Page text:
35 Chase Anderson W 6-3 Woodstock
40 Jamon Kemp G/W 6-5 Seattle, WA.
41 Amani Gottlieb G 6-0 Arlington, MA.
42 Nashon Battle G/W 6-3 New Jersey
44 Paul Hosey F/C 6-9 Atlanta, GA.
45 Michael Jefferson W/F 6-6 Waco, TX.
51 Chad Venning F/C 6-10 Brooklyn, N.Y.
52 Greyvon Goodman G 5-10 Bahamas
55 Ronnie Degray W/F 6-7 Parker, CO.
Run for LillyPosted by Marc Allard, Sports Information Director on 9/13/2019
Jeffrey Lee (left) before and (right) after losing 200 pounds over the past two years. He will be running a half-marathon in Boston in October to raise money for the Dana-Farber Clinic in honor of The Woodstock Academy freshman Lilly Sharpe.
Newly svelte Lee running in honor of Woodstock Academy freshman
Jeffrey Lee always was active.
His size often got in the way.
In the past two years, however, that has changed.
The para-professional at The Woodstock Academy has dropped over 200 pounds in that time and has discovered a new passion.
“As I started losing weight and exercise became easier, running is almost like meditative to me. I go out, zone out and do so three or four times a week, and three or four miles at a time,” Lee said. “My wife said ever since I started losing weight, I’ve unleashed the beast inside and I’m running all the time now.”
In the process, he has continued to push his limits.
In March, he ran the 13.1- mile New Bedford half-marathon.
“It was a shock that I did it,” Lee said.
Confident in his ability, Lee will attempt another such feat in October and he’s doing it for a good cause.
Lee will be participating in the Run for Dana-Farber Boston Athletic Association half-marathon on Oct. 13 in Boston for a good cause.
He is part of the Dana-Farber team and will be helping to raise money for the Boston cancer clinic and the Jimmy Fund.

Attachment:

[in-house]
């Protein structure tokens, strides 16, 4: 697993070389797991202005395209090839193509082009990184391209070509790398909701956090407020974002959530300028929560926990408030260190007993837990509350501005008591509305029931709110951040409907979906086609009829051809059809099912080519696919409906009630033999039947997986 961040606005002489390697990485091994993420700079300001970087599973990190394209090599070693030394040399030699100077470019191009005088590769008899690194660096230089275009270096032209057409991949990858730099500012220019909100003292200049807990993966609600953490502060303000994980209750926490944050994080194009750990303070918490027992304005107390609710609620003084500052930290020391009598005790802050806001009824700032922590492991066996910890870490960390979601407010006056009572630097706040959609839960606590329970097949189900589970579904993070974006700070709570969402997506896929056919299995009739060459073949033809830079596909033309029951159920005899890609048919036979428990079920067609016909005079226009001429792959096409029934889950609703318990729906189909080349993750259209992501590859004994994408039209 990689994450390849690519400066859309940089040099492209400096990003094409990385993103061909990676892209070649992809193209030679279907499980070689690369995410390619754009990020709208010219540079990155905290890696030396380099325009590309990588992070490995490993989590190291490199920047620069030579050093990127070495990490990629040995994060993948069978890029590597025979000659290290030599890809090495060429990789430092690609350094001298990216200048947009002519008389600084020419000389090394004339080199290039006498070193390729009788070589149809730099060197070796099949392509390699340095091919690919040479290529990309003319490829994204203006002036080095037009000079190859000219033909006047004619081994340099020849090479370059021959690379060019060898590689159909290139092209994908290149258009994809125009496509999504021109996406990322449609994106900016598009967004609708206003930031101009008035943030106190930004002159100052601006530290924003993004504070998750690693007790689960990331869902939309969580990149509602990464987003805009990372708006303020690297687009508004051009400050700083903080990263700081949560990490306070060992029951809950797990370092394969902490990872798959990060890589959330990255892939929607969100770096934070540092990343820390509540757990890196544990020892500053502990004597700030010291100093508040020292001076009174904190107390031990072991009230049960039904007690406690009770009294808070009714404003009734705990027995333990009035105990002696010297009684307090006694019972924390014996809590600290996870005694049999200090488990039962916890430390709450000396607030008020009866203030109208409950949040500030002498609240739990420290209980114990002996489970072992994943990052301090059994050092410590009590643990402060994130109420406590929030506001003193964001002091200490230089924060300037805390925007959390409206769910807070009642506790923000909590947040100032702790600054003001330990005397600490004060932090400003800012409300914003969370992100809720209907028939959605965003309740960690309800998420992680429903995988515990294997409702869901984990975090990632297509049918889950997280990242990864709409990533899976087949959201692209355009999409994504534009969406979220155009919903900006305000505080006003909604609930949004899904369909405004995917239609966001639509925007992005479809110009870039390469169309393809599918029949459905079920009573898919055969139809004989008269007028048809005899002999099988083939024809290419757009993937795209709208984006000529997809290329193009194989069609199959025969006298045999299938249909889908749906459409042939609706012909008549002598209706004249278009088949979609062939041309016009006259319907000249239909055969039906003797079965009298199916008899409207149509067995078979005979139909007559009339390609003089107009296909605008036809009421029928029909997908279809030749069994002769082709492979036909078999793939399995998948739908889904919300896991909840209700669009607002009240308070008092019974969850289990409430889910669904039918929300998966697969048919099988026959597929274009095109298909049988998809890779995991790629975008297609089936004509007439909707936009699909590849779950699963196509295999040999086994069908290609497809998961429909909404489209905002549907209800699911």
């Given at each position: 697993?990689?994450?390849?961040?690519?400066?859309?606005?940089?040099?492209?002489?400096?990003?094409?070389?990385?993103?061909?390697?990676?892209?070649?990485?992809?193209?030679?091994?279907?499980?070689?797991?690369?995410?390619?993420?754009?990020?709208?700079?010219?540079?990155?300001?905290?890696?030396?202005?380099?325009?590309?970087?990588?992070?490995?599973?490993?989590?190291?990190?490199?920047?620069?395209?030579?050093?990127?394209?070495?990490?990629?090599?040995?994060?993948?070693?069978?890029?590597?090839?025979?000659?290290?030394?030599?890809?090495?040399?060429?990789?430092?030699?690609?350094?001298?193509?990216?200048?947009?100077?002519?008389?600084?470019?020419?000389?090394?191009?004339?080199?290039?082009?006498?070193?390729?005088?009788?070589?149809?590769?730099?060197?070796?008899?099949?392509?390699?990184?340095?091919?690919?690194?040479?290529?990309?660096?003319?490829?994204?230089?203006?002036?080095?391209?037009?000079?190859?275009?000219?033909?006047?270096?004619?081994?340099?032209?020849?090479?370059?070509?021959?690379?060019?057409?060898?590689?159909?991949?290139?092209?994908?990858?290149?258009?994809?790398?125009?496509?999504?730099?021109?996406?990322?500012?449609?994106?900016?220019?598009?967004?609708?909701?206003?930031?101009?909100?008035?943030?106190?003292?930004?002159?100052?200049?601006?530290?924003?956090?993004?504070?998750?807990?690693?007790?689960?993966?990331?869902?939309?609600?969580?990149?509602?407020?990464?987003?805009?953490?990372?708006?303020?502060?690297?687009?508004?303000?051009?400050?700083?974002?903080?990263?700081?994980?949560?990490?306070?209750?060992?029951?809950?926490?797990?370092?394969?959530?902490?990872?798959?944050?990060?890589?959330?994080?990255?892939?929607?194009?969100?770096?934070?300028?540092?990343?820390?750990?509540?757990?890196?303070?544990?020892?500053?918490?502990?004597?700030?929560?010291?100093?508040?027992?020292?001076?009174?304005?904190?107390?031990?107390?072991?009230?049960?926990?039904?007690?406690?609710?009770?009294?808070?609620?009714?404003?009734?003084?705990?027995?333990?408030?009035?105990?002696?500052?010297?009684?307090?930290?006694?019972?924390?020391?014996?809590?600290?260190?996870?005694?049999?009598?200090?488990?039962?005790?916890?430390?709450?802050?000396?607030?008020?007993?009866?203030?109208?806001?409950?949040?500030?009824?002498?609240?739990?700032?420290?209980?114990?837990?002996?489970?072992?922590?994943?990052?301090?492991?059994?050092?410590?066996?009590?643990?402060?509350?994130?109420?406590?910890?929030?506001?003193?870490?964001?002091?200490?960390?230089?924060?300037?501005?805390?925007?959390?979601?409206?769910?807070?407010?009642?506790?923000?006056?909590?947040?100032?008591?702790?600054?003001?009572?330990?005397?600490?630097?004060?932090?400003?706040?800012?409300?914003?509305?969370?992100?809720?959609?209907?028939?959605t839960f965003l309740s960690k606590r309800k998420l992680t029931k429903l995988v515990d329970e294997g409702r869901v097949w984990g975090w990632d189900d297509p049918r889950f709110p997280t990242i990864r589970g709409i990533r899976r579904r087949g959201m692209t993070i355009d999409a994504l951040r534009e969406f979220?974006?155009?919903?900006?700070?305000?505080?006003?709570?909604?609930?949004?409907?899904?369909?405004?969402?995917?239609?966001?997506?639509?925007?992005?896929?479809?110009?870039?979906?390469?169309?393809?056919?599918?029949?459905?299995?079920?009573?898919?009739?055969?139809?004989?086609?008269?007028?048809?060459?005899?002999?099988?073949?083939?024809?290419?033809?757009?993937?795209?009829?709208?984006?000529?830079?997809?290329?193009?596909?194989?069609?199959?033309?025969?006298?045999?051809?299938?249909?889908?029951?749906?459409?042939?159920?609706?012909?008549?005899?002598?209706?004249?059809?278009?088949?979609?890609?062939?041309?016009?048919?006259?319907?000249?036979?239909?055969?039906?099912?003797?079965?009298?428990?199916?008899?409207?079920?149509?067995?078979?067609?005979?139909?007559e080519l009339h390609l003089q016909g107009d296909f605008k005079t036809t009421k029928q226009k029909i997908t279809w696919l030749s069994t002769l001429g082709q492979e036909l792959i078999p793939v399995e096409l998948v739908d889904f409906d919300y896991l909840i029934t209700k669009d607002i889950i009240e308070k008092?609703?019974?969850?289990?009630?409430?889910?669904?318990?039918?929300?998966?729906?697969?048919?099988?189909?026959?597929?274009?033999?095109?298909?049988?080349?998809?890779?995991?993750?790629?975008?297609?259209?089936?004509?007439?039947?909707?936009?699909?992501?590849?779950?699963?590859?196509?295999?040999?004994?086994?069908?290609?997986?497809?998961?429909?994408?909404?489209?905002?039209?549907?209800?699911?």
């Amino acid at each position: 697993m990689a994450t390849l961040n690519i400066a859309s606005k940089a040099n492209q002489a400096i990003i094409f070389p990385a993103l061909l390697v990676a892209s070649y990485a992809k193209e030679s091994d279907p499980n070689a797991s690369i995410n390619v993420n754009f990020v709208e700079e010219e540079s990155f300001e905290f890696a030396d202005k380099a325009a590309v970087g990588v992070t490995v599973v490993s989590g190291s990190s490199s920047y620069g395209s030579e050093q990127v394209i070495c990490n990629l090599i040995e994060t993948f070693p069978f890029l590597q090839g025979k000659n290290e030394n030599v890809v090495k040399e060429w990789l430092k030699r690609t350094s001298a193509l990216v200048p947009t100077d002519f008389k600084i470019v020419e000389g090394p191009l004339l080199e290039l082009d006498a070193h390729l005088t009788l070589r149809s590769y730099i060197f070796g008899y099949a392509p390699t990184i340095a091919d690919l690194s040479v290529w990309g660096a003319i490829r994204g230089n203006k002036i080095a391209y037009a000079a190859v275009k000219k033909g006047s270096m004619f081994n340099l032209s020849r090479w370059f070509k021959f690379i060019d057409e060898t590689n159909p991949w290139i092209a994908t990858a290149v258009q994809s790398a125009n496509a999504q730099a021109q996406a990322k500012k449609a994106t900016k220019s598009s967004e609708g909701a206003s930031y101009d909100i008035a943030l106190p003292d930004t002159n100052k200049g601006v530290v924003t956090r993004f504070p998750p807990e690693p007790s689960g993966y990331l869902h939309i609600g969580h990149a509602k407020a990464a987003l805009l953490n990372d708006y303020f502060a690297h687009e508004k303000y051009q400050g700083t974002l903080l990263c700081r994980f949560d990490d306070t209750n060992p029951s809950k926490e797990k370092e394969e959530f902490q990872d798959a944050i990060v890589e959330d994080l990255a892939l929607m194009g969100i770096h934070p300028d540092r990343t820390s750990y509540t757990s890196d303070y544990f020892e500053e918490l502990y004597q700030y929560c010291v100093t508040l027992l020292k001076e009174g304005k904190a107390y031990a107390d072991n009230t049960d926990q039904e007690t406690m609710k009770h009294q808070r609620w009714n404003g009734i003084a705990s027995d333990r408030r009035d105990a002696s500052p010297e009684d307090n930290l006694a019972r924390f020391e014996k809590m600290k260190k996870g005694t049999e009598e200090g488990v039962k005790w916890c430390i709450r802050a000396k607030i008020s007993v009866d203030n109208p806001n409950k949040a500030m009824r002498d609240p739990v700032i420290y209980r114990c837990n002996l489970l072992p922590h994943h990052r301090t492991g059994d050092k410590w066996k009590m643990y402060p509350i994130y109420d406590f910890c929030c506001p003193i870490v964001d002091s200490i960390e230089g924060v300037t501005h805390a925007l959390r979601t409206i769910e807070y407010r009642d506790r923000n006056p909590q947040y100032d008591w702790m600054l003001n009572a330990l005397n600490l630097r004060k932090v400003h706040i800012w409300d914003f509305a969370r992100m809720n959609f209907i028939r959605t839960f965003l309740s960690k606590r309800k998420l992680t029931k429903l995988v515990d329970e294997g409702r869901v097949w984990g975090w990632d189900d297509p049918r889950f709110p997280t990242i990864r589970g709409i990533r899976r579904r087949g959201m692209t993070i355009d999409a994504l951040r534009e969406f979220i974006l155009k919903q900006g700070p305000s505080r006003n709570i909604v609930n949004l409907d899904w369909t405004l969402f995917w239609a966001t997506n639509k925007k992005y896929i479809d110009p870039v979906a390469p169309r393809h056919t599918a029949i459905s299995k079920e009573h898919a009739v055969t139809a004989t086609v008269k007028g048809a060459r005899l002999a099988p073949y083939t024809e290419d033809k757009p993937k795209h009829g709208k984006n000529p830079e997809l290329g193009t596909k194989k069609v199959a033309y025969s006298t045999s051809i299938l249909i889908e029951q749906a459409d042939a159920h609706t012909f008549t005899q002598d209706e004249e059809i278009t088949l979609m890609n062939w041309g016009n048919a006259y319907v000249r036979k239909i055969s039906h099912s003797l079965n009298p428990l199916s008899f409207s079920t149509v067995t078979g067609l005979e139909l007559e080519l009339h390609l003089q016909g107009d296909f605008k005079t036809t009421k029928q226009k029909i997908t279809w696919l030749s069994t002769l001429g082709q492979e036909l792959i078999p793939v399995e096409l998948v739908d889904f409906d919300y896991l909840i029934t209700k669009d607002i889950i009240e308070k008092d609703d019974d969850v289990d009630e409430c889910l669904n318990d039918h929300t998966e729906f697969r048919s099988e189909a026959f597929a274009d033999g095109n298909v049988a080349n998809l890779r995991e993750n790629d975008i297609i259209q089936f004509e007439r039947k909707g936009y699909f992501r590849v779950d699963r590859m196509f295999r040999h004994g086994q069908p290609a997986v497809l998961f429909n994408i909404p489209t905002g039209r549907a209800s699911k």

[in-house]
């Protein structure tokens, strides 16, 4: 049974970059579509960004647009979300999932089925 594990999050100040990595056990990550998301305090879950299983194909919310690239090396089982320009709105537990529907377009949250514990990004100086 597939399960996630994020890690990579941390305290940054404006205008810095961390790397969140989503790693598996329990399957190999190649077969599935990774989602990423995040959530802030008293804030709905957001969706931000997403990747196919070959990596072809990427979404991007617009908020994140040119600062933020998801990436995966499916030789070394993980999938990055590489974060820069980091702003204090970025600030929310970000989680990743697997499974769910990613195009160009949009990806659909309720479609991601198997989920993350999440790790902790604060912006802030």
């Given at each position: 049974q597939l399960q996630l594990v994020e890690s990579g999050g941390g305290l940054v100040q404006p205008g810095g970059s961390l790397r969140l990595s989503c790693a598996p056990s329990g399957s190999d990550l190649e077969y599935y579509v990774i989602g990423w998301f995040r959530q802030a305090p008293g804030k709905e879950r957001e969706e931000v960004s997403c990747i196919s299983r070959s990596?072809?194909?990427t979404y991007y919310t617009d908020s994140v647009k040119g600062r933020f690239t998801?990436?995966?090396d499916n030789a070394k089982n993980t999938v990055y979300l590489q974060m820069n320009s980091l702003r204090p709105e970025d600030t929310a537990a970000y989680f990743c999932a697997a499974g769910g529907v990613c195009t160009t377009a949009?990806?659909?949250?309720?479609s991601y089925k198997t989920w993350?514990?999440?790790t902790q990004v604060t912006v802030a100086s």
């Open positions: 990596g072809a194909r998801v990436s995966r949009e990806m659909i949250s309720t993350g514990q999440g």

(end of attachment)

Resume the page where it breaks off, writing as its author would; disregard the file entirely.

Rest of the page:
There is a local connection as well.
Woodstock Academy freshman Lilly Sharpe learned last year that she had leukemia. She has been treated at Dana-Farber and Lee actively raised money to offset the cost of Lilly’s treatment at Dana-Farber.
According to Lee, Lilly is doing well but is still undergoing active treatment for the disease.
“I asked Deb (Lilly’s mother) when I originally saw the info about the run and saw that it sponsored the clinic and I know they go up there two or three times a week, ‘Can I run in honor of Lilly?’ She was floored and said ‘Absolutely’ so I created the hashtag #Runforlilly,” Lee said.
It was also the name of a running team Lee established for Lilly.
He had to raise $750 to be part of the Dana-Farber team.
The Boston native set his personal goal to be $1000.
He has almost reached that, having been pledged $980 as of late this week.
It has spurred him on to try and reach new heights, namely the first awarded tier of $1500.
“I think we can get there,” Lee said. “I’m excited. I’ve been training. Hard. Doing like 20-25 miles a week and I’m ready.”
Those who wish to donate to the effort can do so at: http://danafarber.jimmyfund.org/goto/Runforlilly.
The course Lee will be running in October is of the up-and-back variety with the turnaround point being near the Dana-Farber clinic which Lee feels is only fitting.
He said he averaged a nine-minute mile in New Bedford, finishing in two hours, 15 minutes.
“That’s not blazing, but it’s not slow,” the 31-year-old said. “My goal is to get a two-hour, half-marathon. I think that is the benchmark. With my training so far, it will be close, but you, obviously, push a little harder on the day of the race.
Of course, if he’s capable of running a half-marathon, is a full marathon that far behind?